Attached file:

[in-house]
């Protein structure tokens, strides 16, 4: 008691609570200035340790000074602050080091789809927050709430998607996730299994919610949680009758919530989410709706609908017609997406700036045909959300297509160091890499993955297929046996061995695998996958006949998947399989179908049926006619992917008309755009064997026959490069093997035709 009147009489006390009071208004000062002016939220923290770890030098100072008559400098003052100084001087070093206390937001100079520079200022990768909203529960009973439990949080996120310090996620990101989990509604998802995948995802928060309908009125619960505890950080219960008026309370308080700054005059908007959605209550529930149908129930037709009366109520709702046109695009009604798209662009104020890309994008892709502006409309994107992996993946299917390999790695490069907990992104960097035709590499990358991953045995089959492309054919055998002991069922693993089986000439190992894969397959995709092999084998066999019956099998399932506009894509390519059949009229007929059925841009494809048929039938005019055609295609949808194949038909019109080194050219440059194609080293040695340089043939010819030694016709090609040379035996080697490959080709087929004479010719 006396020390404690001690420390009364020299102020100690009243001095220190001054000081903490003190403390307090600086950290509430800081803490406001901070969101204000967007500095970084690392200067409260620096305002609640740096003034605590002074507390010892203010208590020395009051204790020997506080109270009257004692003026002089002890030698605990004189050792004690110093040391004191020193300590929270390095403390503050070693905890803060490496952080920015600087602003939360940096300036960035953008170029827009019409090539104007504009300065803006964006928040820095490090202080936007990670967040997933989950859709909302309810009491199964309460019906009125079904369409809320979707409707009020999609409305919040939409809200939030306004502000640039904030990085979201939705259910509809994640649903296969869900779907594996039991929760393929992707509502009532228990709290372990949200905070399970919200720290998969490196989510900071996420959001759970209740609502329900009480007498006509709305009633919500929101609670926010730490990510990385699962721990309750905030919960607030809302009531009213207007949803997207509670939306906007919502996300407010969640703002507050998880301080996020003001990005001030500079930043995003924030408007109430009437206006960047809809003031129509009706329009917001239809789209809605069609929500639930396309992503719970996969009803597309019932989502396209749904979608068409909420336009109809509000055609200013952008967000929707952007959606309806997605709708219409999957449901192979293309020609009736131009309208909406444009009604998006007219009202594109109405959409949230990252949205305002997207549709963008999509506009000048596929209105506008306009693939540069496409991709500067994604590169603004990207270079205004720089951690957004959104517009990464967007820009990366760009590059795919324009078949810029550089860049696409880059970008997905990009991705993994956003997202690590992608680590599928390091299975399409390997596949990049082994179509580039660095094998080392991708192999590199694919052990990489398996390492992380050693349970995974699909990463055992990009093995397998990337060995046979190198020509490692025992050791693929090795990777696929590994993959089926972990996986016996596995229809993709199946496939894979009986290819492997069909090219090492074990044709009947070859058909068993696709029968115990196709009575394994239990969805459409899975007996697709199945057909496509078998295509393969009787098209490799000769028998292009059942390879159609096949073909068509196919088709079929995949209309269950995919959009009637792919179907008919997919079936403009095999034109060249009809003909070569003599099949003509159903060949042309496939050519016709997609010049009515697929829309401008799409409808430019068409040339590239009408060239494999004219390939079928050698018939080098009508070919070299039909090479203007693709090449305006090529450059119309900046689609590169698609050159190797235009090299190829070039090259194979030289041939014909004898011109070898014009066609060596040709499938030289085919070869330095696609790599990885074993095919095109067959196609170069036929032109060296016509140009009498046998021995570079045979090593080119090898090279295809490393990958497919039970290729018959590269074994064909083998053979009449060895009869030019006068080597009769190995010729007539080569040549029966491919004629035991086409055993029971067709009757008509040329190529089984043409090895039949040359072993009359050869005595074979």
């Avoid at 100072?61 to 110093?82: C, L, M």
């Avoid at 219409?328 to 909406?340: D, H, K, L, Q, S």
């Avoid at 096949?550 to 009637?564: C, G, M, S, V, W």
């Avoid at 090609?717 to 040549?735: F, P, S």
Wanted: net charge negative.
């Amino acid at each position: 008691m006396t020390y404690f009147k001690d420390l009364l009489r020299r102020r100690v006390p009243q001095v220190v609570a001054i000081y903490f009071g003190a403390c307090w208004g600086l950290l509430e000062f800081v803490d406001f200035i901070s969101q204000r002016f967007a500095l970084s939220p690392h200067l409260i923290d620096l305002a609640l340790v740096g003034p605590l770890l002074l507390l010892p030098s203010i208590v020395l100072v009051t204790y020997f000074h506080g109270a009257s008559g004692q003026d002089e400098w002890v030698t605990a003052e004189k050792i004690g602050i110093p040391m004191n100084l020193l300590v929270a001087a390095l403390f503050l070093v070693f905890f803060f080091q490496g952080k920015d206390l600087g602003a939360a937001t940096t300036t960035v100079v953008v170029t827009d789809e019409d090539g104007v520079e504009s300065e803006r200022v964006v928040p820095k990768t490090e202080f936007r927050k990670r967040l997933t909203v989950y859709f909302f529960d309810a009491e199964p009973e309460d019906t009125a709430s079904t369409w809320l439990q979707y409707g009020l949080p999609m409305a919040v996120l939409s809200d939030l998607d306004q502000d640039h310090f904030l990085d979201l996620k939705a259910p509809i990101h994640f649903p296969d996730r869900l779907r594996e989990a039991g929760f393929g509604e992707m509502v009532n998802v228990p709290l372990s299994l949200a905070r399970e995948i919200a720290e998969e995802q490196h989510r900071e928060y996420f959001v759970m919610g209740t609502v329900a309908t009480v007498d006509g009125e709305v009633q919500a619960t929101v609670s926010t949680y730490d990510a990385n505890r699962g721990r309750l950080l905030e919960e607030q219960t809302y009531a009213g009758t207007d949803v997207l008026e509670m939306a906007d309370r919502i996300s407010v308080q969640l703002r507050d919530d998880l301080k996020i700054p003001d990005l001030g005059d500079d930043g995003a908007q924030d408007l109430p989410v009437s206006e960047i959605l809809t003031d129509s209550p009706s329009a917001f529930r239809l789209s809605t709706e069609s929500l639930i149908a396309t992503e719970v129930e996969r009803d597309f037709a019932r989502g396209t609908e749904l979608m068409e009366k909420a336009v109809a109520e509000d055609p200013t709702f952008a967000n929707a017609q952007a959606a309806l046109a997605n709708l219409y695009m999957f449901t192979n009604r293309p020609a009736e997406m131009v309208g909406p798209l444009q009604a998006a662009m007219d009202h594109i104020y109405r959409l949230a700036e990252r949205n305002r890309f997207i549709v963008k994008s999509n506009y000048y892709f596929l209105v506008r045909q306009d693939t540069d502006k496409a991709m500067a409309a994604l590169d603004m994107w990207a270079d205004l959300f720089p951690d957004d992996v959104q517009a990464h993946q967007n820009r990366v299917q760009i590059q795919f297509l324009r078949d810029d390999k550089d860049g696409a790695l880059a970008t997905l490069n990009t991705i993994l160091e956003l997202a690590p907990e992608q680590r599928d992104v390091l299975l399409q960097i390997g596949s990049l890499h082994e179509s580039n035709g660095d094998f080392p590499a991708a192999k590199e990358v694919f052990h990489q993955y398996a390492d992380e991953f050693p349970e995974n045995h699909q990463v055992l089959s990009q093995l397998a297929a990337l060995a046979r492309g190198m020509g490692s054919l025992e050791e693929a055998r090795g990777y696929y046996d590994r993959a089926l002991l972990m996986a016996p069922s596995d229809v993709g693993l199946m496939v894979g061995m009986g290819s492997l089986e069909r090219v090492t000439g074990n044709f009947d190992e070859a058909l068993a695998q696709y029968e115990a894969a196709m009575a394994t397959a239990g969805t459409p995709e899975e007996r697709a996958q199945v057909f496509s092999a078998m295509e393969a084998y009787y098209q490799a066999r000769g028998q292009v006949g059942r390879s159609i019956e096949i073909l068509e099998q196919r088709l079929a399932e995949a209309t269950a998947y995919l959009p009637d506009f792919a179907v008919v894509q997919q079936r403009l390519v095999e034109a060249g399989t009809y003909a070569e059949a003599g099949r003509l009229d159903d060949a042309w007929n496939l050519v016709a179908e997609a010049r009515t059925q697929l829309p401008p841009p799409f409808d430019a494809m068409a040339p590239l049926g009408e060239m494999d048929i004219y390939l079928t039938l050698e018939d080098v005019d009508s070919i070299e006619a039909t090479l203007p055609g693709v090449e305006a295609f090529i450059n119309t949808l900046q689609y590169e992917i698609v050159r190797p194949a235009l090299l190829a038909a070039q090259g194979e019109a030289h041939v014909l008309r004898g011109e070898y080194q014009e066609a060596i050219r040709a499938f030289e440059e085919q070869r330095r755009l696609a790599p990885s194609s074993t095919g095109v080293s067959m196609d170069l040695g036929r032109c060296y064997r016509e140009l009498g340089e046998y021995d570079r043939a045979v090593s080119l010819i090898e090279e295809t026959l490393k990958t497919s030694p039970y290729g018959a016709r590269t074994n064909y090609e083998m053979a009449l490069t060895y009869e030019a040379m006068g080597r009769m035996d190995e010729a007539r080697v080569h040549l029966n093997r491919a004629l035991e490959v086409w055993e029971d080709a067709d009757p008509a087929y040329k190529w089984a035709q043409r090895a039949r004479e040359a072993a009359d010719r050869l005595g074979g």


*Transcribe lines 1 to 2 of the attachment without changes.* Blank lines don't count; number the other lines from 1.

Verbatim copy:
[in-house]
């Protein structure tokens, strides 16, 4: 008691609570200035340790000074602050080091789809927050709430998607996730299994919610949680009758919530989410709706609908017609997406700036045909959300297509160091890499993955297929046996061995695998996958006949998947399989179908049926006619992917008309755009064997026959490069093997035709 009147009489006390009071208004000062002016939220923290770890030098100072008559400098003052100084001087070093206390937001100079520079200022990768909203529960009973439990949080996120310090996620990101989990509604998802995948995802928060309908009125619960505890950080219960008026309370308080700054005059908007959605209550529930149908129930037709009366109520709702046109695009009604798209662009104020890309994008892709502006409309994107992996993946299917390999790695490069907990992104960097035709590499990358991953045995089959492309054919055998002991069922693993089986000439190992894969397959995709092999084998066999019956099998399932506009894509390519059949009229007929059925841009494809048929039938005019055609295609949808194949038909019109080194050219440059194609080293040695340089043939010819030694016709090609040379035996080697490959080709087929004479010719 006396020390404690001690420390009364020299102020100690009243001095220190001054000081903490003190403390307090600086950290509430800081803490406001901070969101204000967007500095970084690392200067409260620096305002609640740096003034605590002074507390010892203010208590020395009051204790020997506080109270009257004692003026002089002890030698605990004189050792004690110093040391004191020193300590929270390095403390503050070693905890803060490496952080920015600087602003939360940096300036960035953008170029827009019409090539104007504009300065803006964006928040820095490090202080936007990670967040997933989950859709909302309810009491199964309460019906009125079904369409809320979707409707009020999609409305919040939409809200939030306004502000640039904030990085979201939705259910509809994640649903296969869900779907594996039991929760393929992707509502009532228990709290372990949200905070399970919200720290998969490196989510900071996420959001759970209740609502329900009480007498006509709305009633919500929101609670926010730490990510990385699962721990309750905030919960607030809302009531009213207007949803997207509670939306906007919502996300407010969640703002507050998880301080996020003001990005001030500079930043995003924030408007109430009437206006960047809809003031129509009706329009917001239809789209809605069609929500639930396309992503719970996969009803597309019932989502396209749904979608068409909420336009109809509000055609200013952008967000929707952007959606309806997605709708219409999957449901192979293309020609009736131009309208909406444009009604998006007219009202594109109405959409949230990252949205305002997207549709963008999509506009000048596929209105506008306009693939540069496409991709500067994604590169603004990207270079205004720089951690957004959104517009990464967007820009990366760009590059795919324009078949810029550089860049696409880059970008997905990009991705993994956003997202690590992608680590599928390091299975399409390997596949990049082994179509580039660095094998080392991708192999590199694919052990990489398996390492992380050693349970995974699909990463055992990009093995397998990337060995046979190198020509490692025992050791693929090795990777696929590994993959089926972990996986016996596995229809993709199946496939894979009986290819492997069909090219090492074990044709009947070859058909068993696709029968115990196709009575394994239990969805459409899975007996697709199945057909496509078998295509393969009787098209490799000769028998292009059942390879159609096949073909068509196919088709079929995949209309269950995919959009009637792919179907008919997919079936403009095999034109060249009809003909070569003599099949003509159903060949042309496939050519016709997609010049009515697929829309401008799409409808430019068409040339590239009408060239494999004219390939079928050698018939080098009508070919070299039909090479203007693709090449305006090529450059119309900046689609590169698609050159190797235009090299190829070039090259194979030289041939014909004898011109070898014009066609060596040709499938030289085919070869330095696609790599990885074993095919095109067959196609170069036929032109060296016509140009009498046998021995570079045979090593080119090898090279295809490393990958497919039970290729018959590269074994064909083998053979009449060895009869030019006068080597009769190995010729007539080569040549029966491919004629035991086409055993029971067709009757008509040329190529089984043409090895039949040359072993009359050869005595074979």